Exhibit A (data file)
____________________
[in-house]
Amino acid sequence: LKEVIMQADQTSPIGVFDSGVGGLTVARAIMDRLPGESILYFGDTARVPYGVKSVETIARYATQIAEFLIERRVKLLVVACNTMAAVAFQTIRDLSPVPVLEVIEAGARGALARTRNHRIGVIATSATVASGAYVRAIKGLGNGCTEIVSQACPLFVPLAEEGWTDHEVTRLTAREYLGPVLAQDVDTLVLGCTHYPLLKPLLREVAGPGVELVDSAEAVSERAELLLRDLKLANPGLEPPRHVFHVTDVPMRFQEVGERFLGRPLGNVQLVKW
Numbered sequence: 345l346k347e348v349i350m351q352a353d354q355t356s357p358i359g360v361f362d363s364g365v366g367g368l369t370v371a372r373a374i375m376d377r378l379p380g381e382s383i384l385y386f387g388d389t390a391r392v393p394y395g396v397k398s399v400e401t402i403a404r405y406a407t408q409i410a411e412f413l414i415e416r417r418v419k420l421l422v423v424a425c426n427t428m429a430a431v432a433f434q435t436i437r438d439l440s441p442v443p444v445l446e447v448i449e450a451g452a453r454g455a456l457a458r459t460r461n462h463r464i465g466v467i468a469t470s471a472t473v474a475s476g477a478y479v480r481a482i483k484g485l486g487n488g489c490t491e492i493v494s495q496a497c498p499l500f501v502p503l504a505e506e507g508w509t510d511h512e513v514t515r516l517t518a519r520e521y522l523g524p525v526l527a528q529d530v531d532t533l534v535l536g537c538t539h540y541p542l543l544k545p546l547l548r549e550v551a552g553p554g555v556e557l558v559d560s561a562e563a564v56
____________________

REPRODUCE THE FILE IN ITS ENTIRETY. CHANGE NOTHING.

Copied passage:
[in-house]
Amino acid sequence: LKEVIMQADQTSPIGVFDSGVGGLTVARAIMDRLPGESILYFGDTARVPYGVKSVETIARYATQIAEFLIERRVKLLVVACNTMAAVAFQTIRDLSPVPVLEVIEAGARGALARTRNHRIGVIATSATVASGAYVRAIKGLGNGCTEIVSQACPLFVPLAEEGWTDHEVTRLTAREYLGPVLAQDVDTLVLGCTHYPLLKPLLREVAGPGVELVDSAEAVSERAELLLRDLKLANPGLEPPRHVFHVTDVPMRFQEVGERFLGRPLGNVQLVKW
Numbered sequence: 345l346k347e348v349i350m351q352a353d354q355t356s357p358i359g360v361f362d363s364g365v366g367g368l369t370v371a372r373a374i375m376d377r378l379p380g381e382s383i384l385y386f387g388d389t390a391r392v393p394y395g396v397k398s399v400e401t402i403a404r405y406a407t408q409i410a411e412f413l414i415e416r417r418v419k420l421l422v423v424a425c426n427t428m429a430a431v432a433f434q435t436i437r438d439l440s441p442v443p444v445l446e447v448i449e450a451g452a453r454g455a456l457a458r459t460r461n462h463r464i465g466v467i468a469t470s471a472t473v474a475s476g477a478y479v480r481a482i483k484g485l486g487n488g489c490t491e492i493v494s495q496a497c498p499l500f501v502p503l504a505e506e507g508w509t510d511h512e513v514t515r516l517t518a519r520e521y522l523g524p525v526l527a528q529d530v531d532t533l534v535l536g537c538t539h540y541p542l543l544k545p546l547l548r549e550v551a552g553p554g555v556e557l558v559d560s561a562e563a564v56